Fifty years after Neil Armstrong stepped on the moon wearing an ILC Dover-made spacesuit, the Delaware-based aerospace manufacturing company is coming out with two brand-new designs.
The company announced two new spacesuits on Aug. 28 called Astro and Sol. Unlike other suits the company has produced, like the extravehicular mobility unity (EMU) and the Apollo suit, these new spacesuits are built with adaptability in mind.
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Adaptable by design
Astro is a spacesuit built for spacewalks and planetary exploration, while Sol is designed to be worn inside a spacecraft’s cabin during launches and landing.
Spacesuit fitting made headlines this summer when NASA cancelled its first all-female spacewalk. The two scheduled astronauts could not use the available spacesuits on the ISS without extensive configurations. The current design dates back to the 1970s, when astronauts were all men. The Astro suit is more easily configurable, and could help solve such logistical issues.
The spacesuit is also resizeable without tools, according to Dan Klopp, director of product marketing for ILC Dover. Not only does Astro allow for quick part swaps in orbit, he said, but “whomever is taking the suit to space [can] save volume and save weight in launching these things into orbit.” That’s because you can take one suit and modify it for different people, as opposed to taking several.
In space, weight (or mass) is money. Every pound launched to orbit costs thousands of dollars. Lighter spacesuits mean more mass available for experiments, equipment or fuel.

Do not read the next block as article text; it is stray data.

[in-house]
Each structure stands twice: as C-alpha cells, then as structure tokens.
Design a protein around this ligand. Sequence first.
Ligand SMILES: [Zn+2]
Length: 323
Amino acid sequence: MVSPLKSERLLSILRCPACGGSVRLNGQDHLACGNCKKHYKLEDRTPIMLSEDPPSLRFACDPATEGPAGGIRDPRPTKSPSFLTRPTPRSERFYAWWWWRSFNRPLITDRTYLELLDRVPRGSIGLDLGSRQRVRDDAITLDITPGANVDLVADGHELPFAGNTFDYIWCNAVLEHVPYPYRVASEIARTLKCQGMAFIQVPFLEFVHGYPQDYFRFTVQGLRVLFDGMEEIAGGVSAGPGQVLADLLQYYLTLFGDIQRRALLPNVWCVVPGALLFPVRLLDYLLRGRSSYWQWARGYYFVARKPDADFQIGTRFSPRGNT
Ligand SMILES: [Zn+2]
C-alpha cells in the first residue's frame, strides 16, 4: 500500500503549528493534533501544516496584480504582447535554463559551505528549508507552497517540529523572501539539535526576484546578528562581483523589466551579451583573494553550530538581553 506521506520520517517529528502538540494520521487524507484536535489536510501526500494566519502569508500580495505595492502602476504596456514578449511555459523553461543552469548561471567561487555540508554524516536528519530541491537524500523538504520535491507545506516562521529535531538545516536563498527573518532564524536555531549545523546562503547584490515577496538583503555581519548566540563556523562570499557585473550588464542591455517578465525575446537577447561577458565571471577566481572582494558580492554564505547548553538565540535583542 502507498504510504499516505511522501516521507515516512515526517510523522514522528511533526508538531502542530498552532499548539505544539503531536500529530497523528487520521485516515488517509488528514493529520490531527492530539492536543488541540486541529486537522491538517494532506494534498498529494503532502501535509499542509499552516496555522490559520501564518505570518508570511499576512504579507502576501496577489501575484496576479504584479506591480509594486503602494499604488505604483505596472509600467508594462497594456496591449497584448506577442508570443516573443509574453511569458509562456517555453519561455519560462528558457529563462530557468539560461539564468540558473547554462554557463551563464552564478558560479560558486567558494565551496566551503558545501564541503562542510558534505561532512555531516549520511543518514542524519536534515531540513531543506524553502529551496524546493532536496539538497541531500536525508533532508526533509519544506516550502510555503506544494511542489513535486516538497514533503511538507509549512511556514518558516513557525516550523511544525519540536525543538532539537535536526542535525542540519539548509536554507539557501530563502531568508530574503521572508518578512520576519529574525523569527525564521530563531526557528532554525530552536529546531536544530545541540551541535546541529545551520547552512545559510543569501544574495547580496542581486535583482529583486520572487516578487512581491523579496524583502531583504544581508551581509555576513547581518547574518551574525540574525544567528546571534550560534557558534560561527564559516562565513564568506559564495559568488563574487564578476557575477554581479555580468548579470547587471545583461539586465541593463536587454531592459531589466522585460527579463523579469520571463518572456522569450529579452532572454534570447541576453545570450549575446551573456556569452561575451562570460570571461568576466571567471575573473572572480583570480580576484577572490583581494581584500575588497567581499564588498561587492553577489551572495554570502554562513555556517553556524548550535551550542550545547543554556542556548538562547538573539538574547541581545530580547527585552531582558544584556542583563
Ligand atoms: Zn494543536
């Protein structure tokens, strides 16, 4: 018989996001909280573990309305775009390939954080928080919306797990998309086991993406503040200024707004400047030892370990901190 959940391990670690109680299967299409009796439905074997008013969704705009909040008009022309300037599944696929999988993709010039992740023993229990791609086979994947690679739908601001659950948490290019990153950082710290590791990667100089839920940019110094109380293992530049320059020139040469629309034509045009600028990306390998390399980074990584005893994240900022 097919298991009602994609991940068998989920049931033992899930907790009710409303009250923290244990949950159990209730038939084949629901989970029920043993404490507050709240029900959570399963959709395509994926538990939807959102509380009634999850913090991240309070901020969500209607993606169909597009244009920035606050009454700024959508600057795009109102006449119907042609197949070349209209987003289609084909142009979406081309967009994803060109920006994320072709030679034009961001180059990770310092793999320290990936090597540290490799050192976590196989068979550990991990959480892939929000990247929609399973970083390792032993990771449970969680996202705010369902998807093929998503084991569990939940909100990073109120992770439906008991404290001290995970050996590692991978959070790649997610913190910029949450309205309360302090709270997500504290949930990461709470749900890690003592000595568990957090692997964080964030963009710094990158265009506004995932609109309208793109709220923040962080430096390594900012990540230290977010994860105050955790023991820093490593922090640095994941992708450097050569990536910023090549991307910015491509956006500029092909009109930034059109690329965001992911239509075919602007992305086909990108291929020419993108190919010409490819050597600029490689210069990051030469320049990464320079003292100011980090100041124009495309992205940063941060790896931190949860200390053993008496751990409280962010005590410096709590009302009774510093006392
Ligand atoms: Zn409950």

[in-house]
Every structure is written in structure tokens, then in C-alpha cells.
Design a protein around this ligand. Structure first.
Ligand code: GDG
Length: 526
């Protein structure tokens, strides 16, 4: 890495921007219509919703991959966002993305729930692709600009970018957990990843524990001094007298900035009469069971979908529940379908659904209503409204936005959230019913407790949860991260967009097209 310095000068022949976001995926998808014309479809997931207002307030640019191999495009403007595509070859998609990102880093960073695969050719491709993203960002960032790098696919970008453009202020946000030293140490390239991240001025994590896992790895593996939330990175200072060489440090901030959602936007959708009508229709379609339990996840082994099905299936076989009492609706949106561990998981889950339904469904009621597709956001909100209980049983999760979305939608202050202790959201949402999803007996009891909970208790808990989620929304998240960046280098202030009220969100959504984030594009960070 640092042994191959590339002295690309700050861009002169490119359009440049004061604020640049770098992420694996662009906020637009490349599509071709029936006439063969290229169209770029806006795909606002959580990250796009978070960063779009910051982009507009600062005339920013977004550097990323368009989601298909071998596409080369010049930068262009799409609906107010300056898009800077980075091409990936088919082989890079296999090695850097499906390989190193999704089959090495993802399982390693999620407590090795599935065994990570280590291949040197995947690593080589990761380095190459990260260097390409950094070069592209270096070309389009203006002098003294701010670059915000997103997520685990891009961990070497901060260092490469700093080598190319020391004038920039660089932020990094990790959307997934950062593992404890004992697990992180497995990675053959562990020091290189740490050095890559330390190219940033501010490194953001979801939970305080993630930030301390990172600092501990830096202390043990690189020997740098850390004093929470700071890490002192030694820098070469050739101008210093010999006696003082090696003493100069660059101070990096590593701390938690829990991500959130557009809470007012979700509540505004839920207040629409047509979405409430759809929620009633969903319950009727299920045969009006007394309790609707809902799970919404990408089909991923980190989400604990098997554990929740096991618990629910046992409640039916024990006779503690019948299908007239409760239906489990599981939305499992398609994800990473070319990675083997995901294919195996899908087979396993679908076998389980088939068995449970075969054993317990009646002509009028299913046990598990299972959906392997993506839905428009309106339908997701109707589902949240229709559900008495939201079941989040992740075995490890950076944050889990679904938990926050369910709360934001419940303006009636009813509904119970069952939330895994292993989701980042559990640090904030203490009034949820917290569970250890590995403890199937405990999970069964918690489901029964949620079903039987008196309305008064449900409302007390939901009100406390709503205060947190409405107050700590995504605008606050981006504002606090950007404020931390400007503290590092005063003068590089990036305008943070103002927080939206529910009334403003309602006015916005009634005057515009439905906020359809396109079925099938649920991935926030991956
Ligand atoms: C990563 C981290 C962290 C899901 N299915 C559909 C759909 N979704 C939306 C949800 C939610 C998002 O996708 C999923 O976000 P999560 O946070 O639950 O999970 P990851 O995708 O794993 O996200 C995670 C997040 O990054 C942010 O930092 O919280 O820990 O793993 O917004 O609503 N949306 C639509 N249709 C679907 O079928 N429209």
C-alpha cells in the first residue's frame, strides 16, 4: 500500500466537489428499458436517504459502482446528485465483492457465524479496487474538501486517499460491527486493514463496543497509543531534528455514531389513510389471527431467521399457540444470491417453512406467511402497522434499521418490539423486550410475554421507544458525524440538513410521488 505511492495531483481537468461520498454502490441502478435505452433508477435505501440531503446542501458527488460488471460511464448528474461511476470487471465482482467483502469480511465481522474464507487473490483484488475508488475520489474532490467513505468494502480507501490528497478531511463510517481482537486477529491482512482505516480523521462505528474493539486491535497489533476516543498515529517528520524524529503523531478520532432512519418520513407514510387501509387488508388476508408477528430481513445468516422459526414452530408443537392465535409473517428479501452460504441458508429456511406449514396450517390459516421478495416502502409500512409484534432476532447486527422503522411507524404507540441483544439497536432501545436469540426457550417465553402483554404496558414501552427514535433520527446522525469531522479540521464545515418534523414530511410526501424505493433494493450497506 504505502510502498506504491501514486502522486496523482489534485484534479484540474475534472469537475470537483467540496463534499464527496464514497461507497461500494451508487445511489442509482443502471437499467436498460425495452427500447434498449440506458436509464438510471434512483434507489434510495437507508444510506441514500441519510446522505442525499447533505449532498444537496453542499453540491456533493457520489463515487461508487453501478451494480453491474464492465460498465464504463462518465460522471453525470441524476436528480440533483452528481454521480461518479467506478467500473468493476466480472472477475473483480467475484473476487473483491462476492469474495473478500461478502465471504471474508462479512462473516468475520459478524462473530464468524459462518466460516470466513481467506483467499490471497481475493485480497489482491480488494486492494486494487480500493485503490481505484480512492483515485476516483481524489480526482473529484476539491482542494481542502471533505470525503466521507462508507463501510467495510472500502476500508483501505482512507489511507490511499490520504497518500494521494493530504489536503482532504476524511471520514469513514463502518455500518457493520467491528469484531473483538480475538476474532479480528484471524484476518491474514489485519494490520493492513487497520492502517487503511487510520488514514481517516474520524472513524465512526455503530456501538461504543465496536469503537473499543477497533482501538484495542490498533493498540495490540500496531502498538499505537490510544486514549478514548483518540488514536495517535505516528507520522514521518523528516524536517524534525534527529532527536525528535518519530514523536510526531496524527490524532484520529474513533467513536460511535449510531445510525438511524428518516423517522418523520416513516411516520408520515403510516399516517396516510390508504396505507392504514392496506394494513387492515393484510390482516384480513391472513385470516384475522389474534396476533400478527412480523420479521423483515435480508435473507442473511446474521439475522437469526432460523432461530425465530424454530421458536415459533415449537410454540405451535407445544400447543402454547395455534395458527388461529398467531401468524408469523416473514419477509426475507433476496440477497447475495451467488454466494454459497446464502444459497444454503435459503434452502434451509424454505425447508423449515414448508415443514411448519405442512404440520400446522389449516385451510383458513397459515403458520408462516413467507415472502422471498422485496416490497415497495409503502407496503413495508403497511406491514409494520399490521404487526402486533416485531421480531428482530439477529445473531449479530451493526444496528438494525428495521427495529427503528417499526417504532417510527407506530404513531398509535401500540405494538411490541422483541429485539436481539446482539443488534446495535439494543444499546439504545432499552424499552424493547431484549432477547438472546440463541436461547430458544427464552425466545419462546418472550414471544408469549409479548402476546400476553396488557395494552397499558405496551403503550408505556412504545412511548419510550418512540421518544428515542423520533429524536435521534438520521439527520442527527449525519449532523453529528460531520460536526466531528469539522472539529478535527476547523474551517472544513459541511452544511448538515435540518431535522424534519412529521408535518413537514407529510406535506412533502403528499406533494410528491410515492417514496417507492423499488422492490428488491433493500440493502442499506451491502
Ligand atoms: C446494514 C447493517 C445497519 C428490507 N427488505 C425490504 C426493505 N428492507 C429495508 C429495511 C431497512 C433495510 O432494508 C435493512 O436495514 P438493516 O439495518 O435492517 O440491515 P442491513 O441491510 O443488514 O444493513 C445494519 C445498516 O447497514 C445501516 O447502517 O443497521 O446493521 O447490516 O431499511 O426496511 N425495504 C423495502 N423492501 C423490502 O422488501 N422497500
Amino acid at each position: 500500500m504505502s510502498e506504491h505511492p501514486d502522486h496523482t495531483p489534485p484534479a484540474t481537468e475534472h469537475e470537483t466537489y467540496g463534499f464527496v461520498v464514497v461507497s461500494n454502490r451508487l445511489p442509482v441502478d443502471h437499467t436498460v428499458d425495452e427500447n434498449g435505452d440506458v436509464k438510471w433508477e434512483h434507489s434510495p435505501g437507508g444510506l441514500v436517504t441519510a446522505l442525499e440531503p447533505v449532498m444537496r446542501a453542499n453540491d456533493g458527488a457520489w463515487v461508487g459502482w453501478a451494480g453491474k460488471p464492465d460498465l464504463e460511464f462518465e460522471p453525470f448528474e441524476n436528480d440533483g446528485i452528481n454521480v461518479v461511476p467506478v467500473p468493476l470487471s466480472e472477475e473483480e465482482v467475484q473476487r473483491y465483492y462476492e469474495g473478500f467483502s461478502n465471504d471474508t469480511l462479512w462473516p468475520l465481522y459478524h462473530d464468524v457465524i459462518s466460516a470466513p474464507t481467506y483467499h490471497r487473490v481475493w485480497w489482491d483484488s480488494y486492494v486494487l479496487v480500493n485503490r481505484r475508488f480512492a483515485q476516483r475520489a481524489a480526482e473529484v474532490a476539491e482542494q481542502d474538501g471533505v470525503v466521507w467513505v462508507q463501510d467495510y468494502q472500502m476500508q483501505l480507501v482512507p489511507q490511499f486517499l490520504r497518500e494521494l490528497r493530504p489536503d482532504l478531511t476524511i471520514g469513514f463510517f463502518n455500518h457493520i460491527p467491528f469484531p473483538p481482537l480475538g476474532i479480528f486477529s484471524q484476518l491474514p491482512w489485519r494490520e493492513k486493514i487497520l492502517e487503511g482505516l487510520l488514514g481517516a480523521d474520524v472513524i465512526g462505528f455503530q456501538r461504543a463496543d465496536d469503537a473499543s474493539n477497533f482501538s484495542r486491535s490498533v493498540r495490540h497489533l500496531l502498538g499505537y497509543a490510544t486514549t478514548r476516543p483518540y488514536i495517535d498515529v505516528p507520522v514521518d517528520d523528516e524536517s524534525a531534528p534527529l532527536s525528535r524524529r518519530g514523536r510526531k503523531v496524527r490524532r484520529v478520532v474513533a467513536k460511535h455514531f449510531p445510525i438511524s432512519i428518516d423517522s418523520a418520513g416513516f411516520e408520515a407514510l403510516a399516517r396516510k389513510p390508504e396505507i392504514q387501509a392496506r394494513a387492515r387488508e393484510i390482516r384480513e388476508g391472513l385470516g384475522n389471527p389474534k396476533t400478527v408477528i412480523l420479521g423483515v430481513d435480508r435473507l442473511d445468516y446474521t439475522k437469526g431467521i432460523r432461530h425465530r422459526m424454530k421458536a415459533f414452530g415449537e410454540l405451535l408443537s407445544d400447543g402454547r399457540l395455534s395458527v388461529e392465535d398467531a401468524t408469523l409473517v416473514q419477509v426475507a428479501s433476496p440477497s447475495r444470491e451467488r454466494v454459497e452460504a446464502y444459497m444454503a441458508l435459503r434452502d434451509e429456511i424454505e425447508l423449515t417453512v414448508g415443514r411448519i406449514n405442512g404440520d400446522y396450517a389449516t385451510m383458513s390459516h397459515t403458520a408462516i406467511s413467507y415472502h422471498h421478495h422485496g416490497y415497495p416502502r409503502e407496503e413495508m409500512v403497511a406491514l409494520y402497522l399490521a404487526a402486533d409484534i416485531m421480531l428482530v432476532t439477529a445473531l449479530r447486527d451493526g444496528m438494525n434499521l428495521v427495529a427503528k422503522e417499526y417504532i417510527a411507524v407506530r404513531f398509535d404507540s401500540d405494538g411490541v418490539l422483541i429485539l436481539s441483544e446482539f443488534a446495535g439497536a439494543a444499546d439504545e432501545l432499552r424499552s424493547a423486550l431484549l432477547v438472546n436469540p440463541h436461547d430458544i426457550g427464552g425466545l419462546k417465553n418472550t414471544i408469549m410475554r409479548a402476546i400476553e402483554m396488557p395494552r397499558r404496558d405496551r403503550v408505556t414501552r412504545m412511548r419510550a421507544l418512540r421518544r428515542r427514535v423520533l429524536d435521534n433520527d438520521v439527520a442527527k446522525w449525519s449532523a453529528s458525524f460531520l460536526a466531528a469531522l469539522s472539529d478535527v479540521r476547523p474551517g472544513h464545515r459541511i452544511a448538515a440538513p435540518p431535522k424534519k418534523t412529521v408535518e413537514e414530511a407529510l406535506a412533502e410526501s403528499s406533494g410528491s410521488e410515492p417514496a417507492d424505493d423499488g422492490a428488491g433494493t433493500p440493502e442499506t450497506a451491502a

A spacesuit for another planet
Astro also has accommodations in its design for free-floating spacewalks – where little lower-body mobility is needed – or for walking on future destinations, such as the moon or Mars. Previously, spacesuit designers had to choose between one design or the other. This includes a boot structure that can be modified depending on the terrain, the option of including better articulated joints and materials that can withstand the rigors of space or planetary exploration.
Astro also comes with better helmet visibility. Future explorers picking their way over uneven terrain will be able to see their feet, unlike the Apollo astronauts. The famous “hopping” gait astronauts adopted was in part to use their limited visibility as best as possible, Klopp said. But it was still an issue, with astronauts tripping over rocks and other equipment. During Apollo 16, astronaut John Young accidentally pulled a cable loose on a heat flow experiment with his feet.
Sol is meant for some of the most dangerous phases of an astronaut’s work: launching into space, and landing back on Earth. Like Astro, Sol uses highly articulated joints, a helmet with a large field of view and lightweight materials to keep astronauts comfortable.
Both Sol and Astro are well on their way to market, Klopp says. ILC is waiting for their customers to offer their unique specifications before proceeding, he says, and both could be ready within several months. For example, the Astro suit could work with both a tethered hose or a life-support backpack.